Nearly one month has passed since the Aug. 15 lightning storm that ignited multiple fires in the Smith River Complex – and the blazes, with a footprint that’s grown to encompass over 86,000 total acres (with about 10,000 on the Oregon side of the state border), are now 21% contained.
On Monday the Josephine County Sheriff reduced evacuation recommendations from Level 2 to Level 1 – BE READY status for the communities of O’Brien, Takilma and for those living east of Highway 199 from mile post 39 to the OR/CAL border. All other evacuation recommendations remain unchanged.
Within the fire’s footprint, after recent cooler wet weather had “put the fire to sleep,” with the return of warm dry weather and afternoon breezes along the ridge tops, parts of the blaze are showing some activity.
Thus 1,800 firefighters remain assigned to the Smith River Complex, including 52 crews, 10 helicopters, 87 fire trucks, 16 bulldozers, 29 water tenders, 19 masticators and two skid steers.
Public information officer Kale Casey with the Alaska Incident Management Team said fire crews assigned to maintain vigilance along the east and northeast sides of the fire closest to the Illinois Valley have an “absolute focus to ensure that remaining heat signatures are monitored and extinguished.” Regular infrared flights provide fire crews with exact coordinates of remaining heat and drones patrolling the skies at night also provide crews with fresh accurate data each morning. “Fire managers utilize the expertise of incident meteorologists, fire behavior analysts, and long-term fire planners to understand and anticipate the likelihood of fire spread and direction.”
Fire managers with the Alaska Team want people to understand that the biggest threat right now is not from the current fire behavior within the fire perimeter. “Residents in and around the Illinois Valley need to be aware that new human-caused fire starts are a bigger threat,” Casey said. “Hot and dry weather is keeping the fuels in the Illinois Valley dry and receptive. Neighbors helping neighbors with wildfire prevention awareness is critical to the ongoing efforts to reduce the threats to everyone in and around the Illinois Valley.”
That said, firefighters are continuing with strategic burning operations to tame the Smith River Complex. By utilizing natural land features and choosing when to tackle areas of the blaze still presenting potential threats to communities, fire managers save time and minimize risks to firefighters as they safely reduce the advancement of the main part of the fire.
“We can conduct burn out operations way faster [than direct fire line attacks] and get out ahead of the fire,” said Larry Weddle, division supervisor with the Alaska team. He also explained that burn out operations are conducted in a manner and timeframe to prevent extreme fire behavior. “We’re not going to nuke it down… this is much lower intensity. When you talk about extreme fire behavior, that’s when you effectively cook the soil layer and all the nutrients out of it. We’re not doing that. Our goal is to be the least impactful as possible but to still create an efficient break to stop the fire.”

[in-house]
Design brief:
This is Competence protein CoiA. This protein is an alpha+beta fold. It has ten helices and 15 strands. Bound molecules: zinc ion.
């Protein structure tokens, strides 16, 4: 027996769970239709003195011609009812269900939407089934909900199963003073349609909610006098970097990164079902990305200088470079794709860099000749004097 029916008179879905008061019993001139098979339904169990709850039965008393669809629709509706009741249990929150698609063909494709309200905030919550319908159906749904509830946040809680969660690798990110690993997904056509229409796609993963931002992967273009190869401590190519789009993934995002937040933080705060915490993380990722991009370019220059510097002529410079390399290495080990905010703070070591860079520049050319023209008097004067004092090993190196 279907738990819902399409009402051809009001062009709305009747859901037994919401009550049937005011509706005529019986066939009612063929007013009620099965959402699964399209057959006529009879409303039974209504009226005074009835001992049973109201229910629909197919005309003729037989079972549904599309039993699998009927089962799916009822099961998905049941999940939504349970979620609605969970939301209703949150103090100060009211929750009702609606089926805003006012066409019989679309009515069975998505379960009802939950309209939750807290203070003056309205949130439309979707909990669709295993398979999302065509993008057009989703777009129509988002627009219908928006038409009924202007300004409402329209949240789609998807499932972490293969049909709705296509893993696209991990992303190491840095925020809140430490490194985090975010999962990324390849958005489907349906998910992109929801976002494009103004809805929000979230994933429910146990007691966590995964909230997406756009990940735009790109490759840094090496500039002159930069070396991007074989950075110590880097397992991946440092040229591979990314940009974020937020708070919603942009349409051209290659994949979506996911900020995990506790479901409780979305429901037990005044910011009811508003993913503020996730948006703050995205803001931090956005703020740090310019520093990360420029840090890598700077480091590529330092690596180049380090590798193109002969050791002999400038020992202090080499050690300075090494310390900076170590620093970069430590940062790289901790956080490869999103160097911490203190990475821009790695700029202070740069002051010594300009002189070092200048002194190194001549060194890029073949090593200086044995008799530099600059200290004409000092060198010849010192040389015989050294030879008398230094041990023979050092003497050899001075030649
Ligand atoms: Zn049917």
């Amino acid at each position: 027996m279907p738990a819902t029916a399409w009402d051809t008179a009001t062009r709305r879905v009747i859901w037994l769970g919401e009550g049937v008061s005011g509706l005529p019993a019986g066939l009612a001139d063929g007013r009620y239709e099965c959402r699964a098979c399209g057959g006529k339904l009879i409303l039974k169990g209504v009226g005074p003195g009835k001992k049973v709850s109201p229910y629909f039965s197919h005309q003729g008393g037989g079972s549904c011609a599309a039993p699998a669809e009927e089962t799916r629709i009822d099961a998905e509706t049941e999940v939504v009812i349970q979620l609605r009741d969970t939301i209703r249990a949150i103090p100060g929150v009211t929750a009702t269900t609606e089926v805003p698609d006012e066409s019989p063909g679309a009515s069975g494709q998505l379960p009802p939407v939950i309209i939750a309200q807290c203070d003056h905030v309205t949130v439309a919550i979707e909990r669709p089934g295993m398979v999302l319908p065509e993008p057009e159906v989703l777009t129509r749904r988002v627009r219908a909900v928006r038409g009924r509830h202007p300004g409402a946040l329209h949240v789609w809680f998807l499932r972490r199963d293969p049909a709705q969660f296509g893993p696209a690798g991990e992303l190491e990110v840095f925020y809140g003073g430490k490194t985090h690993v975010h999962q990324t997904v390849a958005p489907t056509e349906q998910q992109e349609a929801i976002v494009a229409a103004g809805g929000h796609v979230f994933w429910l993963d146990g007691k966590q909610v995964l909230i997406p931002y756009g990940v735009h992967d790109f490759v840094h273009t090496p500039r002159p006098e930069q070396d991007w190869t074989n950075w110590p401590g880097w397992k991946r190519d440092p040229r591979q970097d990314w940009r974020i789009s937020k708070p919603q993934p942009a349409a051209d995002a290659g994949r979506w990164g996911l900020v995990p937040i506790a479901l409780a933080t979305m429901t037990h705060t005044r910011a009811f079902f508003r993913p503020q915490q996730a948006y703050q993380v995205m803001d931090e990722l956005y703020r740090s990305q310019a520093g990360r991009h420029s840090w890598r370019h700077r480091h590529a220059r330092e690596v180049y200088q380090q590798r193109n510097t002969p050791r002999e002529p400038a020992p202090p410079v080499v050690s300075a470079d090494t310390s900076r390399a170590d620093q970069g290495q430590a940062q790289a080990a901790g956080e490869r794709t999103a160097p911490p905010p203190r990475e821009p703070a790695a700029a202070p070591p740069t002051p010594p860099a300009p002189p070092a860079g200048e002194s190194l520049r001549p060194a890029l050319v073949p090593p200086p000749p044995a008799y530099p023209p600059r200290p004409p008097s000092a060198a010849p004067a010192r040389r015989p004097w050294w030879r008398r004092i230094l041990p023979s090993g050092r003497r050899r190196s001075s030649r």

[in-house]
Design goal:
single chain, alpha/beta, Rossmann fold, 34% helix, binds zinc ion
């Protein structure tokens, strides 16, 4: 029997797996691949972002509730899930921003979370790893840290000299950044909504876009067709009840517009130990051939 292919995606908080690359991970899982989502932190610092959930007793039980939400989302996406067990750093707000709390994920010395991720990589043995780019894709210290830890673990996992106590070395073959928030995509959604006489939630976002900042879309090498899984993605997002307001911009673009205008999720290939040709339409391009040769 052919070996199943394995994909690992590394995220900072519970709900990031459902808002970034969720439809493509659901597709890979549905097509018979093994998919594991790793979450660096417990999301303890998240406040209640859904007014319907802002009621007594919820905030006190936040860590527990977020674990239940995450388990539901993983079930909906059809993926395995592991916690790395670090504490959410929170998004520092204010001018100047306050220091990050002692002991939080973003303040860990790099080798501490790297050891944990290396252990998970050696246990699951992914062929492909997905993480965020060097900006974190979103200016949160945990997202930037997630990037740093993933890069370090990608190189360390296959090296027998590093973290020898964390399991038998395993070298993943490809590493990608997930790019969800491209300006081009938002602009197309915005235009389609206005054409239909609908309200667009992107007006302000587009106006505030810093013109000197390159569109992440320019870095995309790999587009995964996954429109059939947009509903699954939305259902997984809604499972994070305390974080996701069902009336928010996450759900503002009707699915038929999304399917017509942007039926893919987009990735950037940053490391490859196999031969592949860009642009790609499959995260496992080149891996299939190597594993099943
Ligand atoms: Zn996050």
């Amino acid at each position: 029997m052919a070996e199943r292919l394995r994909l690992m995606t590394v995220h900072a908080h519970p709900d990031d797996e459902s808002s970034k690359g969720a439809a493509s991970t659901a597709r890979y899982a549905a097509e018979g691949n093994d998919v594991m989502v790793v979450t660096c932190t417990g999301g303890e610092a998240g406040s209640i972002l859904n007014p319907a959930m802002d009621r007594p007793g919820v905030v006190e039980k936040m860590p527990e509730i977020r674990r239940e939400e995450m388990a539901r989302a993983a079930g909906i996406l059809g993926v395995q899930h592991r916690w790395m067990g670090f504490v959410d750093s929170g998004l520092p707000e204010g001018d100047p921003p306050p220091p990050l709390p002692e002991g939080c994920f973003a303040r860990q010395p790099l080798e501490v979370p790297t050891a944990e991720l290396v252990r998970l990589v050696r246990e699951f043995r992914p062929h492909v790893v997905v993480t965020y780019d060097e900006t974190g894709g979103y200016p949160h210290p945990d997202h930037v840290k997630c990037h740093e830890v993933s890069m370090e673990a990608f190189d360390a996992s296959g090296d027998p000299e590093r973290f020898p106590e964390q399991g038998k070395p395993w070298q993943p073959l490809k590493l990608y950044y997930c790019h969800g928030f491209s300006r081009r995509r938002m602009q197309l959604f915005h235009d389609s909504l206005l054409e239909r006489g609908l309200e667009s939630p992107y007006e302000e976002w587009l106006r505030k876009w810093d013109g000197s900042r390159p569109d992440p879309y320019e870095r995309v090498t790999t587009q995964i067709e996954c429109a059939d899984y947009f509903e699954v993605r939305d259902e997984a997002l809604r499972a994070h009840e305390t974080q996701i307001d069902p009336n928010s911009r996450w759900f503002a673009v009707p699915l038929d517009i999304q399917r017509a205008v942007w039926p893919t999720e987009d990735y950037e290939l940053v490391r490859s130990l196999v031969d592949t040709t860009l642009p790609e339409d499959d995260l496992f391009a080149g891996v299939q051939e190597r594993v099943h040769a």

Public information officers assure that hot shots crews will continue to patrol existing fire lines on daily “search and extinguish” missions. “Vigilance is key and the process takes time. The firing operations that you’re seeing here will increase containment over time, but significant work remains.”
While crews are engaged with burnout operations, tightening up hand lines, increasing containment and putting out hot spots on the north end of the Smith River Complex, additional focus shifts to the west side of the fire’s perimeter, with some firefighting assets being moved closer to Brookings to protect communities and natural values along the coast.
Last Sunday Del Norte County residents were thrilled when Pacific Power was finally able to switch power from generators back to normal service. Also on Sunday a rock slide closed Highway 199 again, three miles south of Patrick Creek Road. These types of road closures are likely to occur throughout the fall and winter, especially as rain is added to the mix on slopes already destabilized from the fires.
A fuel mix-up wreaked havoc after a fuel vendor mistakenly filled fuel tenders at the Gasquet Base Camp with diesel instead of gasoline last Thursday. By mid-afternoon Friday multiple reports came in regarding vehicle malfunctions. Of the 700 vehicles on the Smith River Complex, 42 were disabled, causing an “operational pause by all fire personnel on the fireline.” Aside from damage to vehicles and some logistical issues, there were no negative consequences to fire operations. Later that evening all operations were back on track – though some firefighters, deprived of their transportation, ended up camping out that night.
To stay current on evacuations, monitor the Rogue Valley Emergency Management site and sign up for the Alert System and updates at rvem.org. Information and myriad links pertaining to the fire are consolidated efficiently on the Smith River Complex North Facebook page.